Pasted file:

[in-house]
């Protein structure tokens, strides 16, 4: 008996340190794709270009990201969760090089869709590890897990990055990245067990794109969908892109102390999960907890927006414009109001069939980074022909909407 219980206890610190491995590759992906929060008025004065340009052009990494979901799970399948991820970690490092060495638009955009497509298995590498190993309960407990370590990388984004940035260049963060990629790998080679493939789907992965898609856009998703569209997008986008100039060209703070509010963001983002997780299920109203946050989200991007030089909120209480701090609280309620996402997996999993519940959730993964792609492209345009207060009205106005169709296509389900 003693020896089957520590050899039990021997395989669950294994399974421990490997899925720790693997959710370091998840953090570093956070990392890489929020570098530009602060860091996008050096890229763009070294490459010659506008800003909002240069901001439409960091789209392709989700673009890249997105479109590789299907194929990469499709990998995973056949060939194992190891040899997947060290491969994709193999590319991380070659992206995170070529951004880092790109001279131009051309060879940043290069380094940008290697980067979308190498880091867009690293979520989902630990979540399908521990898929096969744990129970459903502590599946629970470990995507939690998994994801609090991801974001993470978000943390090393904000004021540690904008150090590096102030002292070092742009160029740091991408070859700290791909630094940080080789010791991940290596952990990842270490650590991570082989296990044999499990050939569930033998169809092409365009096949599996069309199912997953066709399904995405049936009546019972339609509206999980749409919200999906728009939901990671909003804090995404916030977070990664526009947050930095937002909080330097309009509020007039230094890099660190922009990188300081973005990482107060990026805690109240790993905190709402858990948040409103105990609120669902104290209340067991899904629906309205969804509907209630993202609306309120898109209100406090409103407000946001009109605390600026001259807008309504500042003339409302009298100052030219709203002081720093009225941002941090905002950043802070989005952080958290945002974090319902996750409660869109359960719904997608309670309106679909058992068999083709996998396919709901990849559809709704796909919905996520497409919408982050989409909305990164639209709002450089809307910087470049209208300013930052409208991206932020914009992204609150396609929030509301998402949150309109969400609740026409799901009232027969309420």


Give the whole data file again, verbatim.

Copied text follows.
[in-house]
């Protein structure tokens, strides 16, 4: 008996340190794709270009990201969760090089869709590890897990990055990245067990794109969908892109102390999960907890927006414009109001069939980074022909909407 219980206890610190491995590759992906929060008025004065340009052009990494979901799970399948991820970690490092060495638009955009497509298995590498190993309960407990370590990388984004940035260049963060990629790998080679493939789907992965898609856009998703569209997008986008100039060209703070509010963001983002997780299920109203946050989200991007030089909120209480701090609280309620996402997996999993519940959730993964792609492209345009207060009205106005169709296509389900 003693020896089957520590050899039990021997395989669950294994399974421990490997899925720790693997959710370091998840953090570093956070990392890489929020570098530009602060860091996008050096890229763009070294490459010659506008800003909002240069901001439409960091789209392709989700673009890249997105479109590789299907194929990469499709990998995973056949060939194992190891040899997947060290491969994709193999590319991380070659992206995170070529951004880092790109001279131009051309060879940043290069380094940008290697980067979308190498880091867009690293979520989902630990979540399908521990898929096969744990129970459903502590599946629970470990995507939690998994994801609090991801974001993470978000943390090393904000004021540690904008150090590096102030002292070092742009160029740091991408070859700290791909630094940080080789010791991940290596952990990842270490650590991570082989296990044999499990050939569930033998169809092409365009096949599996069309199912997953066709399904995405049936009546019972339609509206999980749409919200999906728009939901990671909003804090995404916030977070990664526009947050930095937002909080330097309009509020007039230094890099660190922009990188300081973005990482107060990026805690109240790993905190709402858990948040409103105990609120669902104290209340067991899904629906309205969804509907209630993202609306309120898109209100406090409103407000946001009109605390600026001259807008309504500042003339409302009298100052030219709203002081720093009225941002941090905002950043802070989005952080958290945002974090319902996750409660869109359960719904997608309670309106679909058992068999083709996998396919709901990849559809709704796909919905996520497409919408982050989409909305990164639209709002450089809307910087470049209208300013930052409208991206932020914009992204609150396609929030509301998402949150309109969400609740026409799901009232027969309420």